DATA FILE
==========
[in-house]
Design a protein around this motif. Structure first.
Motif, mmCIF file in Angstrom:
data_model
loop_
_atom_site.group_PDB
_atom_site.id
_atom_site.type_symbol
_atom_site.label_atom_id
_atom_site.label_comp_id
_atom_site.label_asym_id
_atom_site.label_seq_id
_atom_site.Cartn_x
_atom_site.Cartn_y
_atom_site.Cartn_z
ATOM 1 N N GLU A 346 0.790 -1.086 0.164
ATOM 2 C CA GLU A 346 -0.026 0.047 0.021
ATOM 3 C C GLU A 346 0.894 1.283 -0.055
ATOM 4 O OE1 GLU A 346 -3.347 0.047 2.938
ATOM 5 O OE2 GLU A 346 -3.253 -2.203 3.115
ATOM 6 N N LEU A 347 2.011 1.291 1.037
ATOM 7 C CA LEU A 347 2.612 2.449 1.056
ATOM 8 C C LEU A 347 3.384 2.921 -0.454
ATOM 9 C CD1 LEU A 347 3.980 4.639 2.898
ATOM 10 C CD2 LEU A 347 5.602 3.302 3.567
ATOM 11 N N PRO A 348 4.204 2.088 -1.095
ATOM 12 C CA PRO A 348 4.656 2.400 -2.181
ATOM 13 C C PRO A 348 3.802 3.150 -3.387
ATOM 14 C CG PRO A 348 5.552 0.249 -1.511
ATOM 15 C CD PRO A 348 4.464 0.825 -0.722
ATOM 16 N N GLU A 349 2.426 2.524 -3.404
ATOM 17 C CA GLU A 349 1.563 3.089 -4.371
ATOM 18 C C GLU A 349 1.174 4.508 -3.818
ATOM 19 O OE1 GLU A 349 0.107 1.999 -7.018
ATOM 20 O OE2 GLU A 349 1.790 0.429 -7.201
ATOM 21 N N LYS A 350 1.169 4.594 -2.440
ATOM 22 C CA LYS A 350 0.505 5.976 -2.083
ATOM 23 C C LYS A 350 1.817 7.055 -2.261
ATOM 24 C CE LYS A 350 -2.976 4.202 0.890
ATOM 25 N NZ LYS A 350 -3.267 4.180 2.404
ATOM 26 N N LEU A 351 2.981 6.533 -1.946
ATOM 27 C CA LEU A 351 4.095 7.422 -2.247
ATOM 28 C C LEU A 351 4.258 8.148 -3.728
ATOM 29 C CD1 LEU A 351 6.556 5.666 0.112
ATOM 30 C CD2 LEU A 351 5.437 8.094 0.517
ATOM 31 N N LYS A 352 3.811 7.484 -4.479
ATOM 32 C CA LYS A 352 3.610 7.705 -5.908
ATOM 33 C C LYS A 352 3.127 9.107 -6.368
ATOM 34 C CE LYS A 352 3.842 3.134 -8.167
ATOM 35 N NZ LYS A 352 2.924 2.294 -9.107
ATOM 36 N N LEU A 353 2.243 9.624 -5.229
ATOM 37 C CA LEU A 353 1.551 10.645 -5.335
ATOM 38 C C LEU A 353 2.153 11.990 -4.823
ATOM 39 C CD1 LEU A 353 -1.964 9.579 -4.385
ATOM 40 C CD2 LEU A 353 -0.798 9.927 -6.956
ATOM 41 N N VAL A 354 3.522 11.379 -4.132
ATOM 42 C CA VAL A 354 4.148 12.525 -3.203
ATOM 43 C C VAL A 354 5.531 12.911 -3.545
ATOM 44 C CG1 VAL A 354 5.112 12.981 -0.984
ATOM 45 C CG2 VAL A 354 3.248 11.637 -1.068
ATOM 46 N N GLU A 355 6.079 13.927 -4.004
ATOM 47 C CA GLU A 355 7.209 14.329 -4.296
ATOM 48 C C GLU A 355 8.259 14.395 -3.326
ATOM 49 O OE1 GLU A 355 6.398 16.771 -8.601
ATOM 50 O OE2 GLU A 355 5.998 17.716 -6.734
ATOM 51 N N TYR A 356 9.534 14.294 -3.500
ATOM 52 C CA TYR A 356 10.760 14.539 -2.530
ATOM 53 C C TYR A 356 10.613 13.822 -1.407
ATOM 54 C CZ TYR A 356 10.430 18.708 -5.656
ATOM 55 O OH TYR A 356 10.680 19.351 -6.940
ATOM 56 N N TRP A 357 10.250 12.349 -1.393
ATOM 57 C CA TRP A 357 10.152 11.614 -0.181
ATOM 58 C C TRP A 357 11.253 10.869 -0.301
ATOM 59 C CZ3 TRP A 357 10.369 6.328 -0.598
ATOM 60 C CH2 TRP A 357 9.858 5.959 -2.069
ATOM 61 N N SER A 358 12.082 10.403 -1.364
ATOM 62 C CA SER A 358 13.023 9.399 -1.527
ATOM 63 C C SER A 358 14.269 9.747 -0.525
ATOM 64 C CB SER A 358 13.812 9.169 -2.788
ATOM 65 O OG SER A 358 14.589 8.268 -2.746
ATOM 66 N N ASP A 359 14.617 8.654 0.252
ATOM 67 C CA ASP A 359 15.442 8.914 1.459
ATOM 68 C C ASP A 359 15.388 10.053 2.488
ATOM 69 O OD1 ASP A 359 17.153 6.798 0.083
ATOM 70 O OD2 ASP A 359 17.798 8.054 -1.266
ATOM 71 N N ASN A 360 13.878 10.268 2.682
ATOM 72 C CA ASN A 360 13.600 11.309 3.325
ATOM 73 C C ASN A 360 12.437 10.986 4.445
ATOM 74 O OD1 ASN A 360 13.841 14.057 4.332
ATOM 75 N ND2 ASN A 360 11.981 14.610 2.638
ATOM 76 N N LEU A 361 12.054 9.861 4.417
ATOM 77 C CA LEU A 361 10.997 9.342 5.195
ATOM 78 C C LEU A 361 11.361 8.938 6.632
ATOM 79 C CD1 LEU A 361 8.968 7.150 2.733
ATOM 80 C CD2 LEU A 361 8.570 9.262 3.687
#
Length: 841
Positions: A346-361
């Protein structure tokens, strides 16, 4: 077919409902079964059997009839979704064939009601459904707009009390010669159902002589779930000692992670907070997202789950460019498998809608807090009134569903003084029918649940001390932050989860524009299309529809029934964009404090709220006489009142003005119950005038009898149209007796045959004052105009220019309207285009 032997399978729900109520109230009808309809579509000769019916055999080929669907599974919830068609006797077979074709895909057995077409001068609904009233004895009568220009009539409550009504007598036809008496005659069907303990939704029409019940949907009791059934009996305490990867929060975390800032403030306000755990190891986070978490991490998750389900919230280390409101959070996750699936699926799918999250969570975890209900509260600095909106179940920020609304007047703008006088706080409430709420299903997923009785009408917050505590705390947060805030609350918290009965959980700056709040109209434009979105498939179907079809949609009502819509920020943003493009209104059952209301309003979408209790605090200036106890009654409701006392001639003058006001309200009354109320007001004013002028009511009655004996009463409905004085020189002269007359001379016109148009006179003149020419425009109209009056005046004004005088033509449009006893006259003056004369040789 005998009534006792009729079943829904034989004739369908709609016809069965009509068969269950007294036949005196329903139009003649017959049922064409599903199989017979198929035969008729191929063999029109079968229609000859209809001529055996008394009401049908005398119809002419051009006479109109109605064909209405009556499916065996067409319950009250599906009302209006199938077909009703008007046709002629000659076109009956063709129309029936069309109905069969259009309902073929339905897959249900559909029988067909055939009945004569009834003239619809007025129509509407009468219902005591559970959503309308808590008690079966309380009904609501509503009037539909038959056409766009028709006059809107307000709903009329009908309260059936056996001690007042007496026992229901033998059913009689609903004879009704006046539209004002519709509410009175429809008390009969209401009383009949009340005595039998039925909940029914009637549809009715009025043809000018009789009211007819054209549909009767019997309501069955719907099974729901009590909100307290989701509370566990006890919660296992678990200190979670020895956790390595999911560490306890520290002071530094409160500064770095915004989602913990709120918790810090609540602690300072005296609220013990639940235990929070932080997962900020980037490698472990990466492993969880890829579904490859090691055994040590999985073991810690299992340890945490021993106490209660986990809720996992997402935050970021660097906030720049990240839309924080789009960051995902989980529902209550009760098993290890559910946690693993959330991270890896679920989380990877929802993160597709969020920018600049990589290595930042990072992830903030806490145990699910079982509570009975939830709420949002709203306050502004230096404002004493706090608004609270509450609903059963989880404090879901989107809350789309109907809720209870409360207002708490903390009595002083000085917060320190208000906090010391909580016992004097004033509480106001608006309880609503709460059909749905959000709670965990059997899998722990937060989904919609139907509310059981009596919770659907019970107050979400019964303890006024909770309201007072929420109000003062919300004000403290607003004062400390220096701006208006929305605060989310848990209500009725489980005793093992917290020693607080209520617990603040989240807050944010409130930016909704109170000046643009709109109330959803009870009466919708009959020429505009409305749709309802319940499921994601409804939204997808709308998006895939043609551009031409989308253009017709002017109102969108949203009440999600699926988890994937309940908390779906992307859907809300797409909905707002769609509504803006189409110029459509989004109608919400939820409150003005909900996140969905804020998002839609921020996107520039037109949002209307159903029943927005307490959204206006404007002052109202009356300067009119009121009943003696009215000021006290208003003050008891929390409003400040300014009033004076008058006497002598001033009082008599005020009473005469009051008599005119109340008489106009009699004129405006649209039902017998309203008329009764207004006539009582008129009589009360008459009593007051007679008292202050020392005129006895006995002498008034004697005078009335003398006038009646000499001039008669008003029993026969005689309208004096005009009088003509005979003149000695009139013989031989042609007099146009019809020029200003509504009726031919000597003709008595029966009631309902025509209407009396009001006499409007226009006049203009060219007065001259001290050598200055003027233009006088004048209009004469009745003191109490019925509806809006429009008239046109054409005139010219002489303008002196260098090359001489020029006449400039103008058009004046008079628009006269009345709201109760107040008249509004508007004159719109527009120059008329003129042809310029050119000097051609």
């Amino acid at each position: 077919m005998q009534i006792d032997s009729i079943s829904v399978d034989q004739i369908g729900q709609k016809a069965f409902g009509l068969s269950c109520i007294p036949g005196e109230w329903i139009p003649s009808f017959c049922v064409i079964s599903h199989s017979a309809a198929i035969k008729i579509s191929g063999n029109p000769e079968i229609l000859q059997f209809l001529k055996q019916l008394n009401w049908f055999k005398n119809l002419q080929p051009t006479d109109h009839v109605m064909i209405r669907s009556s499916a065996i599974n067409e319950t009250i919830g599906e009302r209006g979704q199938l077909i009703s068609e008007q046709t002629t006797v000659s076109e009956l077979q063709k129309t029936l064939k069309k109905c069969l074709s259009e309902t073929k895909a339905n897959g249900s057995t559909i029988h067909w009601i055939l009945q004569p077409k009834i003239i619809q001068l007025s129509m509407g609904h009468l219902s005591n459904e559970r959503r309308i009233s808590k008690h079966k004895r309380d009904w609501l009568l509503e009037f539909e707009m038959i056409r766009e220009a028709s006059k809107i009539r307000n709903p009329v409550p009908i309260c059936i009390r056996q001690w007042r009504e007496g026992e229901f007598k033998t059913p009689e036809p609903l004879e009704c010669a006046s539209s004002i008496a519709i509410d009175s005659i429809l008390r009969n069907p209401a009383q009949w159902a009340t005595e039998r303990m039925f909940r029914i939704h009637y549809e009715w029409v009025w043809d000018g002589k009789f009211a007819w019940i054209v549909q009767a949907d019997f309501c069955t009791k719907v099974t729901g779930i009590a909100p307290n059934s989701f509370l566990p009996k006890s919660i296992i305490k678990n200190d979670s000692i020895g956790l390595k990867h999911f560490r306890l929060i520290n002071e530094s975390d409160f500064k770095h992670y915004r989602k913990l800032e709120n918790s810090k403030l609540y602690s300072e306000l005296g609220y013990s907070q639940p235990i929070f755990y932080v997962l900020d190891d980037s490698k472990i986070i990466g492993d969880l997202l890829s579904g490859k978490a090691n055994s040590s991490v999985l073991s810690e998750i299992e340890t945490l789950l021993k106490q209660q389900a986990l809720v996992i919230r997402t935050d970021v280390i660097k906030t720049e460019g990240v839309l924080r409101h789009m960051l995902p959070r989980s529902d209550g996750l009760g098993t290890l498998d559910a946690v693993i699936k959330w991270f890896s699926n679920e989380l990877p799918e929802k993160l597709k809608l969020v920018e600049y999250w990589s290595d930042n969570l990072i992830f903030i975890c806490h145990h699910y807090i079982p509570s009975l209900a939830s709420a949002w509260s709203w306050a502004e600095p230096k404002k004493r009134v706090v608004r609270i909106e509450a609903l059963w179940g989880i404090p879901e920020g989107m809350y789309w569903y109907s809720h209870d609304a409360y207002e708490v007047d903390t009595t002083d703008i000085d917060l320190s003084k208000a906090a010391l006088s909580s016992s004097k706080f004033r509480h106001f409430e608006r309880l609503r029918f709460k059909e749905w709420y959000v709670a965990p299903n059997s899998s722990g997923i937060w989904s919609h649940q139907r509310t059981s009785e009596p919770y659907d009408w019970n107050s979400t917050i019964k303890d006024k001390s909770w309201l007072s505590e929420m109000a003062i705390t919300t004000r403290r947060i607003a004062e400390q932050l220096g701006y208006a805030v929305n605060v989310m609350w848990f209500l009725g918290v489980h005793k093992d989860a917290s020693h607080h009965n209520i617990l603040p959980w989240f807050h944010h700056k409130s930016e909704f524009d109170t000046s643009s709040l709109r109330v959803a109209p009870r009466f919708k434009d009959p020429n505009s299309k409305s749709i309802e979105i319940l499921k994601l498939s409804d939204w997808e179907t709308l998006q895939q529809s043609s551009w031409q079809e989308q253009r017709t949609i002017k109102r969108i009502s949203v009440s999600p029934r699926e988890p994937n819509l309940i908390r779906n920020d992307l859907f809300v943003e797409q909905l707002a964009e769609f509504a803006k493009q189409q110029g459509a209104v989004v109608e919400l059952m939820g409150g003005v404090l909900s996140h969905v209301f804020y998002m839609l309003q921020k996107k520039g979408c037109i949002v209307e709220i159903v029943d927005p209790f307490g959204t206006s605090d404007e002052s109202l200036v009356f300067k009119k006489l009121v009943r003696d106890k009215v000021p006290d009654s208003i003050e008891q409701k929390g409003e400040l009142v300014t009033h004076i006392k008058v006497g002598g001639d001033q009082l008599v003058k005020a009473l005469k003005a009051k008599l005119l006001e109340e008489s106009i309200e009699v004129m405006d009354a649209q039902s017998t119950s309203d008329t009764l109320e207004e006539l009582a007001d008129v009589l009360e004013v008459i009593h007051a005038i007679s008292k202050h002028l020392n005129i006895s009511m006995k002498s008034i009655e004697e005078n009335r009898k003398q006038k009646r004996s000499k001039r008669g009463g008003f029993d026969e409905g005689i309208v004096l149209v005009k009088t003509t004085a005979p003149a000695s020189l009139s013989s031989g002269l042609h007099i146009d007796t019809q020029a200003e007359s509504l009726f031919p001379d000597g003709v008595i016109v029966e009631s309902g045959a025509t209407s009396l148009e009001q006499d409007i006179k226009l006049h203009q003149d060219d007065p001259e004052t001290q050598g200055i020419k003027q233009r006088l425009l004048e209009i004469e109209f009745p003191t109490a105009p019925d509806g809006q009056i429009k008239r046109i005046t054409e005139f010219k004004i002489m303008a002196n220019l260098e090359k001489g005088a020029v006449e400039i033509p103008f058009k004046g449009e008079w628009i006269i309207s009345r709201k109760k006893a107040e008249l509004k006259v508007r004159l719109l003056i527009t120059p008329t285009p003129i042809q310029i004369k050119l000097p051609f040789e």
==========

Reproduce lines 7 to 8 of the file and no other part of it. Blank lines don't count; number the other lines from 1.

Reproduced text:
_atom_site.id
_atom_site.type_symbol